Joe Penn and Devon Malloy of Tov Bagel
Joe Penn and Devon Malloy are bringing bagels back to Detroit. (Jerry Zolynsky/Detroit Jewish News)

Tov Bagel is selling its innovative flavors and large schmear selection out of the ASHE Supply Co. café at 1555 Broadway St.

A little rain couldn’t dampen the spirits of three young bagelers in Detroit.

The Aug. 28 grand opening of Tov Bagel’s new downtown location proceeded as planned, despite disagreeable weather. The newest bagel shop on the block is selling its innovative flavors and large schmear selection out of the ASHE Supply Co. café at 1555 Broadway St., via an outdoor, socially distanced walk-up counter.

Tov Bagel is the brainchild of Joe Penn, 23, from Boston; Devon Malloy, 23, from Lancaster, Pa.; and Dan Lenz, 24, from Evanston, Ill. They all moved to Detroit’s Woodbridge neighborhood in July 2019 as members of the entrepreneur fellowship program Venture For America, and, as bagel fanatics, made weekly pilgrimages to the nearby Detroit Institute of Bagels.

For the last year, the housemates also entertained each other by making experimental bagels on a breadmaker that once belonged to Malloy’s grandmother. When COVID-19 kicked in, “we now had the opportunity to bake all the time, because we were always home,” Malloy said.

“I’ve eaten a bagel every morning for my entire life,” said Penn, who was active in NFTY growing up. Though Penn is the group’s only Jew, bagel culture has bonded the trio to Jewish life; they even celebrate Shabbat together.

With most of Metro Detroit’s bagel mainstays located in the suburbs, Tov saw an opening for their product in the city itself, and partnered with Dayne Bartscht, owner of Eastern Market Brewing Company, to bake and sell their bagels out of his ASHE locations. This June, Tov Bagel opened its first outpost, at the Ferndale Project (formerly Axle Brewing Co.) on 567 Livernois in Ferndale. Tov bakes its bagels in Ferndale but sells them from both locations.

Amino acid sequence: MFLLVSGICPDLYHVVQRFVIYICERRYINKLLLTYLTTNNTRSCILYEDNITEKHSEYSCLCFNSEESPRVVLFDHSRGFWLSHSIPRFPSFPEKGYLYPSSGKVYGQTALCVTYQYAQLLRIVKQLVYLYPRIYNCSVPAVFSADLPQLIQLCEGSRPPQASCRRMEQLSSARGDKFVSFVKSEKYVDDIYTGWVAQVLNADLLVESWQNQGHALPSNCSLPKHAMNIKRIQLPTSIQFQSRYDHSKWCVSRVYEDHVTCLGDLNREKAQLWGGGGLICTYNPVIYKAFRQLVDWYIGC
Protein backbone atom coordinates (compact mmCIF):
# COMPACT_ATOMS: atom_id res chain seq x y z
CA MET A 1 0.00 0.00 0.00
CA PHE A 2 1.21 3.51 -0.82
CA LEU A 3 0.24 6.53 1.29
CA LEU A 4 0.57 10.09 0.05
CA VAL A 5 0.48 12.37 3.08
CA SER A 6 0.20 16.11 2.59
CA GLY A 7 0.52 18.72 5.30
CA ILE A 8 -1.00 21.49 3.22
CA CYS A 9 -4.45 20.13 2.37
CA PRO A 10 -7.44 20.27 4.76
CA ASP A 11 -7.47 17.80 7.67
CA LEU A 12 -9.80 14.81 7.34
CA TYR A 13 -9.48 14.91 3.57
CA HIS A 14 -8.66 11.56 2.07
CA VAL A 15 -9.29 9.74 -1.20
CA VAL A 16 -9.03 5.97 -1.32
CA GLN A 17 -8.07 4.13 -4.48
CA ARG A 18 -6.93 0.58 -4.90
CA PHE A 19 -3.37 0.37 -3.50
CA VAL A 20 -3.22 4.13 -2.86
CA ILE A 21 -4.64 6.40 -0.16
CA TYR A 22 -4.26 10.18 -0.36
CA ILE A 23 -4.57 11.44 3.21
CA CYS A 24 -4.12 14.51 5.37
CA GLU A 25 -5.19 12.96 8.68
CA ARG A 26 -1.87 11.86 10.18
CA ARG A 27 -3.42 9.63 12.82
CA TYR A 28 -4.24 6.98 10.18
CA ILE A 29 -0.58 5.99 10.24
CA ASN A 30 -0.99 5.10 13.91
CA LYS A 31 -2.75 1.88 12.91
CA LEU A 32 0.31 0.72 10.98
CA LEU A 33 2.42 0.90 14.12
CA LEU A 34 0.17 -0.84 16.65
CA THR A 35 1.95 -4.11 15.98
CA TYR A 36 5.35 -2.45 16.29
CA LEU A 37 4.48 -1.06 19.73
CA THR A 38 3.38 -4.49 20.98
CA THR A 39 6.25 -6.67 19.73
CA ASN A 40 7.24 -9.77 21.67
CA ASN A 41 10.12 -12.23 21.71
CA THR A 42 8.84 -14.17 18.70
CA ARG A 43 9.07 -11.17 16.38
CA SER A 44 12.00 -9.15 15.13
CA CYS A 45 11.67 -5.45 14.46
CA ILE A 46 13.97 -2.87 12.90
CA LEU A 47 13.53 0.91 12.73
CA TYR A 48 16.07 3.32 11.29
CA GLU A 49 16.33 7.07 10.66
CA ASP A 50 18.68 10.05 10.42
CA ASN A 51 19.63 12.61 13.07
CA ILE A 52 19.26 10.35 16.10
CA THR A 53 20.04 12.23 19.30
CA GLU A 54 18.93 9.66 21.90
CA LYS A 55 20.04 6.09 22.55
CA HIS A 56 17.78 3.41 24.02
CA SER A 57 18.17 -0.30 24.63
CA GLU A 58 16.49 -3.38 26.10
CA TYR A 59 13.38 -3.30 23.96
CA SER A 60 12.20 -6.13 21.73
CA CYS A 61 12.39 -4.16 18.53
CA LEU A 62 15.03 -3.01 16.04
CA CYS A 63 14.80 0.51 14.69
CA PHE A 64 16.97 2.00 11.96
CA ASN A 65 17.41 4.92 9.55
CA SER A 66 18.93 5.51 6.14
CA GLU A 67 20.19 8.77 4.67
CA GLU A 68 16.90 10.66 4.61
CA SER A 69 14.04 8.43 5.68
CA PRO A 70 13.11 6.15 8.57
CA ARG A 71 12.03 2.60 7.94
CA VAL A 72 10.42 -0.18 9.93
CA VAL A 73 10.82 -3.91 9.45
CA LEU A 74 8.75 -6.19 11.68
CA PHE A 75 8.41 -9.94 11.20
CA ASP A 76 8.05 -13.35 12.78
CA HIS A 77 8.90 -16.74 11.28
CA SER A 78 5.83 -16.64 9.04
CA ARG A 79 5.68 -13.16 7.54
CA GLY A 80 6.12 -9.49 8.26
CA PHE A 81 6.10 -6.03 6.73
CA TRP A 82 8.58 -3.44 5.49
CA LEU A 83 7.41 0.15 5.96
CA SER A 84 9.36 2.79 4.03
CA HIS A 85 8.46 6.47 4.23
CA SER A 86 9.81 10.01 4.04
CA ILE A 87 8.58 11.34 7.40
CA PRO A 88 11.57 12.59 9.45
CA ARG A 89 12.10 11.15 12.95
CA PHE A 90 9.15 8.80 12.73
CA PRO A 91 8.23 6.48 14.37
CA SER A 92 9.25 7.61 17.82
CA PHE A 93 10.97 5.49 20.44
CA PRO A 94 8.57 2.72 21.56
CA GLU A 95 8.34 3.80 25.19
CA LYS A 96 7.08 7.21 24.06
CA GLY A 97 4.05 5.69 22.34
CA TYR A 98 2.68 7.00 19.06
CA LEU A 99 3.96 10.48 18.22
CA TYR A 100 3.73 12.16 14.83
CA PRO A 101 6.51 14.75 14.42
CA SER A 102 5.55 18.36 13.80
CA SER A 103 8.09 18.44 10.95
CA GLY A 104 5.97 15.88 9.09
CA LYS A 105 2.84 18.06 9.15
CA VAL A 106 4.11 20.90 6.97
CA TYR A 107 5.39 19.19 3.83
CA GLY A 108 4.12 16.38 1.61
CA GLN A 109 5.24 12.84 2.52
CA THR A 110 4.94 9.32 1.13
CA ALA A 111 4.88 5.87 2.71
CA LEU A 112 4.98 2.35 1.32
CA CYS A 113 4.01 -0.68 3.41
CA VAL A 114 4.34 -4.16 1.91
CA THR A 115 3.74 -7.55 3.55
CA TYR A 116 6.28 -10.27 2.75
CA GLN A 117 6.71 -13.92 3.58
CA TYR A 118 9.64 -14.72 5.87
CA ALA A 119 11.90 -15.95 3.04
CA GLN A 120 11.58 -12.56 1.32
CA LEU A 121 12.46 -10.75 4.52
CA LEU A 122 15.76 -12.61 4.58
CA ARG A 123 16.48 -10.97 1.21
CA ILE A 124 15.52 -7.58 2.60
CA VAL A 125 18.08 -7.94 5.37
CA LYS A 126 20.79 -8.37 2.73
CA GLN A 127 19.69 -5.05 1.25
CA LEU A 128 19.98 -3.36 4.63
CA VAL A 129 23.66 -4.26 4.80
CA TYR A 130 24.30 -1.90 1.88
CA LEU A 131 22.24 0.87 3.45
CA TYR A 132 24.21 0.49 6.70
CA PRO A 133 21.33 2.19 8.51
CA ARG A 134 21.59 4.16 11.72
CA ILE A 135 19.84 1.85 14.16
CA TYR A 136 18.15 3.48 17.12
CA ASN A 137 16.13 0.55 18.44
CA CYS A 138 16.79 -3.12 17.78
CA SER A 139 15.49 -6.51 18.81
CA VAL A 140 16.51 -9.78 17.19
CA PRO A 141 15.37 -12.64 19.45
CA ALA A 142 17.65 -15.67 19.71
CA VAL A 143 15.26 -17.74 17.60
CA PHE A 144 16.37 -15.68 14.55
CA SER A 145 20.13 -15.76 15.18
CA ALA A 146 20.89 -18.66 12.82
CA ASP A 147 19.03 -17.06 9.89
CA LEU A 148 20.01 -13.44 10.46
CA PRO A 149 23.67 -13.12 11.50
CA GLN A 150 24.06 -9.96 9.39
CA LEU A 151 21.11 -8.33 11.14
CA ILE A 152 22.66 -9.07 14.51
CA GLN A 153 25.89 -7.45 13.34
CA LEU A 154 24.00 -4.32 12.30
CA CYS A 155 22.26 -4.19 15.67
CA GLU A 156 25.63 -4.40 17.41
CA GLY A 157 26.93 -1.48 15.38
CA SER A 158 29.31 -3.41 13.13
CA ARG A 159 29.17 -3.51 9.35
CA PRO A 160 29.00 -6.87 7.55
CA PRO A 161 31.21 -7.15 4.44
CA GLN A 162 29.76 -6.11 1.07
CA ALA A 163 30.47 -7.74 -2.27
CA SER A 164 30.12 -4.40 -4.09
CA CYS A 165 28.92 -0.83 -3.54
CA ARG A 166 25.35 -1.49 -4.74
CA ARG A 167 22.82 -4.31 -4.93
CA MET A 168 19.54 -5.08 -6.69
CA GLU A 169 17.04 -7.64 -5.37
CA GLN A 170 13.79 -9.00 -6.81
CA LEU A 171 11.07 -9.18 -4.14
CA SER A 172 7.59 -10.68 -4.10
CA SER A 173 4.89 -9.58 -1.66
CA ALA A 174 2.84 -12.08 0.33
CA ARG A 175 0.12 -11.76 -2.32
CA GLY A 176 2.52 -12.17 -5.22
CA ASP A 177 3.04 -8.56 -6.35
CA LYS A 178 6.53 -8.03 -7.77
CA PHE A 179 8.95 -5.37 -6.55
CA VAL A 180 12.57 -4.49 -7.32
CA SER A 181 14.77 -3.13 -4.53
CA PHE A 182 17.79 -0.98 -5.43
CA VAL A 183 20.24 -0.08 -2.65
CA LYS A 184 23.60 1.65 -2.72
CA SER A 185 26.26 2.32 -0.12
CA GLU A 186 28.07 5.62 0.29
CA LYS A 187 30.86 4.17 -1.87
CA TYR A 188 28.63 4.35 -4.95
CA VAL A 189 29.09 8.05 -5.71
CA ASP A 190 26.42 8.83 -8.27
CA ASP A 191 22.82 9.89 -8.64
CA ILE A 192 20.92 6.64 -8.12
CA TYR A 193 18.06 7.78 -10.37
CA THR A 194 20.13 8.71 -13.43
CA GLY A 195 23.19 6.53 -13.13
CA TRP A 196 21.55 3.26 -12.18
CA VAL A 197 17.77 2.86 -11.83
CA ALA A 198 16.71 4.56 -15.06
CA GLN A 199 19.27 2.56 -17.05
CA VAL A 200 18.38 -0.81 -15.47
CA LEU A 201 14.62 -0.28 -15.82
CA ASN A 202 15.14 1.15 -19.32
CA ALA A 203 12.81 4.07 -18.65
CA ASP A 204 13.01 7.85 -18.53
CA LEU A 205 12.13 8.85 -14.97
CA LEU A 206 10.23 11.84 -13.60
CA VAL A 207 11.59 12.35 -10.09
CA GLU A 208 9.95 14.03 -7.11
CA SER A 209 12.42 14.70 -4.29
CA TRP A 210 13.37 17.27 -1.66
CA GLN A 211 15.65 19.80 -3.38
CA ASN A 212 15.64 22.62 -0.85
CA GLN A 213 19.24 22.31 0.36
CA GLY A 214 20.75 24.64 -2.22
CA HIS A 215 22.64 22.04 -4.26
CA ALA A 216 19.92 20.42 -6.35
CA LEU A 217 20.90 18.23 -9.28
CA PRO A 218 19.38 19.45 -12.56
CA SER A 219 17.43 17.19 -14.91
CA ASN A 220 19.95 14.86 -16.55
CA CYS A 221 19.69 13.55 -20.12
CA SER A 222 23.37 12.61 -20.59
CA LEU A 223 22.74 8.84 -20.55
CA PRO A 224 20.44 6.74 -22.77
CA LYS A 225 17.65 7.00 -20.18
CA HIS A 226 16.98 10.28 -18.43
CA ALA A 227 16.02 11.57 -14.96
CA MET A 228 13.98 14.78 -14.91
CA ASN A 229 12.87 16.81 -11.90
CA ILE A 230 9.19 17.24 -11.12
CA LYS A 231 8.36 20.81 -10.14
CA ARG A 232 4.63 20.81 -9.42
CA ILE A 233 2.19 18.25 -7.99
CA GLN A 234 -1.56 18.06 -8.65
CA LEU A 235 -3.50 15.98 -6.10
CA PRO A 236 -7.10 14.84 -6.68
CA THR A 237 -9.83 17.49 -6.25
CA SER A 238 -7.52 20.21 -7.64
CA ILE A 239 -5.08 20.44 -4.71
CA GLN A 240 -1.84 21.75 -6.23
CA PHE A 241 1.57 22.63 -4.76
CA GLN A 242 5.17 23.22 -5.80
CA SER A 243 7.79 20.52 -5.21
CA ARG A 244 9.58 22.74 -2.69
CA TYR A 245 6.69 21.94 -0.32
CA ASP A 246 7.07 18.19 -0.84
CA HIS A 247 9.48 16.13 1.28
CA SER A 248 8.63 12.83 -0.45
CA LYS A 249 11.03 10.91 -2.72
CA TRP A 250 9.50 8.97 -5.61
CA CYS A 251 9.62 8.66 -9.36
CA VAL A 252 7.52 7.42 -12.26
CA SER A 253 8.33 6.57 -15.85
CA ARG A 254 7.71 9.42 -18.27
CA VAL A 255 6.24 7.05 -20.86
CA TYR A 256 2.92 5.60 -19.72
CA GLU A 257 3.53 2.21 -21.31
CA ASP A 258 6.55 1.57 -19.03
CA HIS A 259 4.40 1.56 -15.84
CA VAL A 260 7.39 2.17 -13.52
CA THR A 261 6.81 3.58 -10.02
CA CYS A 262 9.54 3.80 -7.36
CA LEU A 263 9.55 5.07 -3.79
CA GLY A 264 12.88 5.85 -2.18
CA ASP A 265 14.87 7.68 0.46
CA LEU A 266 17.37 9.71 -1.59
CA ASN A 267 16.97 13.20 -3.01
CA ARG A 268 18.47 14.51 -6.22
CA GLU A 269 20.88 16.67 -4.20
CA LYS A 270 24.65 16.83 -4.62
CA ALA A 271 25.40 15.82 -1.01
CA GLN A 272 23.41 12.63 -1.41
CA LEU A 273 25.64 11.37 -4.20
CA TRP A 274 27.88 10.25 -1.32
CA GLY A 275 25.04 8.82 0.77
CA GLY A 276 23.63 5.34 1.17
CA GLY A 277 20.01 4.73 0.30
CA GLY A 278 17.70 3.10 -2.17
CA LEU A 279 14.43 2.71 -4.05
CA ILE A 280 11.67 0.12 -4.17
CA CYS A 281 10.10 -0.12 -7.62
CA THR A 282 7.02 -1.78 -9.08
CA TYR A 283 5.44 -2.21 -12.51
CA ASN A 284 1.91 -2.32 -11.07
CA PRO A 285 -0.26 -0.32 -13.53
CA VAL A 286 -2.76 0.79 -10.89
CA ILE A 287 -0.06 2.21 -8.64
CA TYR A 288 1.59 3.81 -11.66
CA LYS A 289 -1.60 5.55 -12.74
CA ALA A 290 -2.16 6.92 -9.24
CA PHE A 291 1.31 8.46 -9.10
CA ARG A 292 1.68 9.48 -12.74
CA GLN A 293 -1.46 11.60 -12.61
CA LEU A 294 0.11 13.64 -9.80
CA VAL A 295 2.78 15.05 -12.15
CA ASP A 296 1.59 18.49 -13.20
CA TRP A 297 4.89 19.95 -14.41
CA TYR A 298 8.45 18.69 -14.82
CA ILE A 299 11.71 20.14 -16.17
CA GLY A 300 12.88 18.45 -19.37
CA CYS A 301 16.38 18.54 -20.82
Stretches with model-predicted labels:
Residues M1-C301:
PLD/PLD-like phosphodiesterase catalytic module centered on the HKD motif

The name, Penn said, doesn’t just mean “Good Bagel”; it’s an homage to “Tov” as Israeli slang. “[It’s] more of an acknowledgment: ‘Tov, I see you,’” he said.

And what must be acknowledged are the fanciful flavors, which look to bridge the gap between old-world bagel tradition and the millennial/gen-Z appetite for cutting-edge baked goods. There are new spins on old favorites (sea salt with rosemary; black-and-white sesame) and original flavors (za’atar; cracked pepper asiago). Half of their schmears are vegan. Tov is betting that bagels are the next big thing among trendy foodies.

“I’ve always felt that bagel shops have the ability to be a lot more creative than they are,” Penn said. “Bagels are an awesome base that you can put so many cool things on.”

The Tov team would like to open their own shop within the next year, barring a certain pandemic. They also plan to add challah to their lineup.

Tov Bagel is open Tues.-Sat., 8 a.m.-2 p.m., at 1555 Broadway St. in Detroit and Tues.-Sun., 9 a.m.-2 p.m., at 567 Livernois in Ferndale. Detroit location is walk-up service only. Ferndale location is curbside pick-up and dine-in on their patio.

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